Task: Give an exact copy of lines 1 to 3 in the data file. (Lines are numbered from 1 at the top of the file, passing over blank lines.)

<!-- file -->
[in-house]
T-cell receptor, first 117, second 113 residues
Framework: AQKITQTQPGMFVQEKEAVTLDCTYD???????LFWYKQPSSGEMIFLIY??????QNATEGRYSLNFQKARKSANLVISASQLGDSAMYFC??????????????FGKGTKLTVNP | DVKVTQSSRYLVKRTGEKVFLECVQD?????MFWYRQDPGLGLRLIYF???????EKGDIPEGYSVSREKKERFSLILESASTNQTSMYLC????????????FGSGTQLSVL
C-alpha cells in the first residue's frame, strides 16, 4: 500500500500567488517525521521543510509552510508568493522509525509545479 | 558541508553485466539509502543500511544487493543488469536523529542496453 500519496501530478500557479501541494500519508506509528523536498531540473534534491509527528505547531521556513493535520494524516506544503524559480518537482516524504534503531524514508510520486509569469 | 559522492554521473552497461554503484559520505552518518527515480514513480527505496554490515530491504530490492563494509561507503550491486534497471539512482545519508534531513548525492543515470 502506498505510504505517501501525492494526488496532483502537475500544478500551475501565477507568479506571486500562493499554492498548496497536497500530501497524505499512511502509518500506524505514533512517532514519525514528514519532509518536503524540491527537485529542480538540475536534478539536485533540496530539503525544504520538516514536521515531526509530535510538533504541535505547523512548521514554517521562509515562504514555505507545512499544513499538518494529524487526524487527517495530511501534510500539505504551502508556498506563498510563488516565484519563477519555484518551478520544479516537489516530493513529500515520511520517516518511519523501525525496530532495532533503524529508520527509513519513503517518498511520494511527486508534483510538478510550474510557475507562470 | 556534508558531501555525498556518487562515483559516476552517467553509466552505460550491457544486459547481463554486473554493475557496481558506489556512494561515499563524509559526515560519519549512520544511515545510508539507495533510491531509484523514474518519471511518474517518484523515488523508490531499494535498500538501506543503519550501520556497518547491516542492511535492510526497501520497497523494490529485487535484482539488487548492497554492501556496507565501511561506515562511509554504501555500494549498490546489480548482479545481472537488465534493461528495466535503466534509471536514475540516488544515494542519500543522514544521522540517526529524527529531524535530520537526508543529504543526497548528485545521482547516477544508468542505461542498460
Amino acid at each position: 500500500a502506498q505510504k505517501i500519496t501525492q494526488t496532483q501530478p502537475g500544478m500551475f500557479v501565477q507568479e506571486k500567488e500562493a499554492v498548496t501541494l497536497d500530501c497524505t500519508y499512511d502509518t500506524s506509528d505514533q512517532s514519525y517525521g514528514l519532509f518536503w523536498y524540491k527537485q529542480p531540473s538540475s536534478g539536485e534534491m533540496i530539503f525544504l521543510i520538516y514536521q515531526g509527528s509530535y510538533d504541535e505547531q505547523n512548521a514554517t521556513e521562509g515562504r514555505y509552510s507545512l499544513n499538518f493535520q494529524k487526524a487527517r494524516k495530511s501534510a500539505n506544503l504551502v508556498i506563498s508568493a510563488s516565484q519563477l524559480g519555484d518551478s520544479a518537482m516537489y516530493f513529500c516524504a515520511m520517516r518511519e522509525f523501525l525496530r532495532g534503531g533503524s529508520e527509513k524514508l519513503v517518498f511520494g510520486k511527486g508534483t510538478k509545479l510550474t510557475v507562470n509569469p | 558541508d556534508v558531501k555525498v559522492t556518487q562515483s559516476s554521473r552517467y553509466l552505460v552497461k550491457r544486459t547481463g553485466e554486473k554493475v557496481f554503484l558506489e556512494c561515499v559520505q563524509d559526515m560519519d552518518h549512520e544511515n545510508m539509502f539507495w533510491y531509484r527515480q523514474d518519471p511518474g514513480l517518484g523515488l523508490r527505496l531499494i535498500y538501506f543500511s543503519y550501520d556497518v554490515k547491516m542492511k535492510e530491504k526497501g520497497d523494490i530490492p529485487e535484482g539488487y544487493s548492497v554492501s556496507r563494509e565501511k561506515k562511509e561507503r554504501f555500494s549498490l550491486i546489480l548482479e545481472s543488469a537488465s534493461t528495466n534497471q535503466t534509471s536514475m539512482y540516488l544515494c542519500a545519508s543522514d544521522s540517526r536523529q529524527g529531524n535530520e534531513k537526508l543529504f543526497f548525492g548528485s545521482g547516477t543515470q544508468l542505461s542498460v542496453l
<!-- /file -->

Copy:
[in-house]
T-cell receptor, first 117, second 113 residues
Framework: AQKITQTQPGMFVQEKEAVTLDCTYD???????LFWYKQPSSGEMIFLIY??????QNATEGRYSLNFQKARKSANLVISASQLGDSAMYFC??????????????FGKGTKLTVNP | DVKVTQSSRYLVKRTGEKVFLECVQD?????MFWYRQDPGLGLRLIYF???????EKGDIPEGYSVSREKKERFSLILESASTNQTSMYLC????????????FGSGTQLSVL